Among the myriad legal issues confronting states like Colorado that are experimenting with the legalization of marijuana is the need to regulate €œpot tourism € by persons from other states where marijuana is not legal. In Colorado, the final recommendations from the Amendment 64 Implementation Task Force included a proposal, €œto limit purchases by state residents to an ounce at a time and to a quarter of an ounce for out-of-state visitors.” The lower restrictions for nonresidents are designed to deter pot tourists from €œsmurfing € €” visiting a number of different dispensaries to accumulate larger amounts of marijuana with a view to illegally reselling the pot. Colorado €™s legislature adopted the Task Force €™s recommendation in House Bill 1317, recently signed into law by Colorado €™s governor, which established the regulatory framework for the legal sale of marijuana. Among its provisions is a quarter-ounce purchase limit for nonresidents.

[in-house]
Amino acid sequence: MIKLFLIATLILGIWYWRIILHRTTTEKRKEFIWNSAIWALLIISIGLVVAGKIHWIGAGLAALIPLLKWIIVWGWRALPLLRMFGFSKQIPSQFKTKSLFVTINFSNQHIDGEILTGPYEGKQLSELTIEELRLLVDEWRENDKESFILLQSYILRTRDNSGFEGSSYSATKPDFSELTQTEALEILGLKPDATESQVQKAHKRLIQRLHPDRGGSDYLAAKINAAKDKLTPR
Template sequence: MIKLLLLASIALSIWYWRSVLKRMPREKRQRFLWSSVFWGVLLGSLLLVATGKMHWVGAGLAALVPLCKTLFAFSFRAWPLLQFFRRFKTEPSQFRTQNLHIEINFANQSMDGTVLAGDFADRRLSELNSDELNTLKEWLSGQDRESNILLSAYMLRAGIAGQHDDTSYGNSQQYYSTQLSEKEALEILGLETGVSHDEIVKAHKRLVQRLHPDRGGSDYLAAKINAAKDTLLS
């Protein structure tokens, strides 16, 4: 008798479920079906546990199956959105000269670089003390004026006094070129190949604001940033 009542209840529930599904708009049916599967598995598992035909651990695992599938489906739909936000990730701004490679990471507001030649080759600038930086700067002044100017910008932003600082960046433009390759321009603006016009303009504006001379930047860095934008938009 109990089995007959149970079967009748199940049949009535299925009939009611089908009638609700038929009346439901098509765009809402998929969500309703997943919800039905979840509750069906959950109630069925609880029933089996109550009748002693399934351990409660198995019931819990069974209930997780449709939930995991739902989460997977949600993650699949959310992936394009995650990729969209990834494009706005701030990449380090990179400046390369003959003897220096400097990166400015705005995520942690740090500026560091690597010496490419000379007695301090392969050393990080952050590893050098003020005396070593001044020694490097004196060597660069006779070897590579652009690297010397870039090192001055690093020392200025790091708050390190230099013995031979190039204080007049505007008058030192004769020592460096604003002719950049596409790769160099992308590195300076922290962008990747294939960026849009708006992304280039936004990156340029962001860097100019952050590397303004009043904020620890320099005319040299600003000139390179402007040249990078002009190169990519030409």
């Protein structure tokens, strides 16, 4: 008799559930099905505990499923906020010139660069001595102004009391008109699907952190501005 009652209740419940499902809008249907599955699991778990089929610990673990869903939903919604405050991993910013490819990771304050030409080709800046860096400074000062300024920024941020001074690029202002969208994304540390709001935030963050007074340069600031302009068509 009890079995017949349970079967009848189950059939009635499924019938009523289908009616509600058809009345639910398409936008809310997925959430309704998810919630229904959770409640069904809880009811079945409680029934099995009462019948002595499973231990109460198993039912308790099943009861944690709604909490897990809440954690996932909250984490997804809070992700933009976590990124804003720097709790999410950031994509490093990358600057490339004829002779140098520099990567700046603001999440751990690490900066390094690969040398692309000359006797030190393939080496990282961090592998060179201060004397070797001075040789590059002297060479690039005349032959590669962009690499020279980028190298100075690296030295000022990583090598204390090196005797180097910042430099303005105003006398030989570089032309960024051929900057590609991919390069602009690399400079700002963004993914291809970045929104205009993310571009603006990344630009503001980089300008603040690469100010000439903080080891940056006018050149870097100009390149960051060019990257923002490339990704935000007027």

Treating purchasers of a legal product differently based on state residency implicates constitutional doctrines that limit a state €™s ability to discriminate against nonresidents. This essay examines the Colorado recommendation in light of two of those doctrines: the Privileges and Immunities Clause of Article IV, Section 2; and the Dormant Commerce Clause Doctrine (DCCD). At first glance, Colorado €™s facially discriminatory law appears to be almost certainly unconstitutional under current doctrine. I will argue in the remainder of this essay, however, that Colorado could put forth compelling arguments that its law passes constitutional muster. Part II briefly describes the Task Force €™s recommendation and its subsequent adoption by the legislature. In Part III, I analyze the Colorado nonresident purchase limit under both the Privileges and Immunities Clause of Article IV and the DCCD. A brief conclusion follows in Part IV, which also suggests a role the federal government could play to remove considerable, though not all, constitutional doubt from state regulations of pot tourism.
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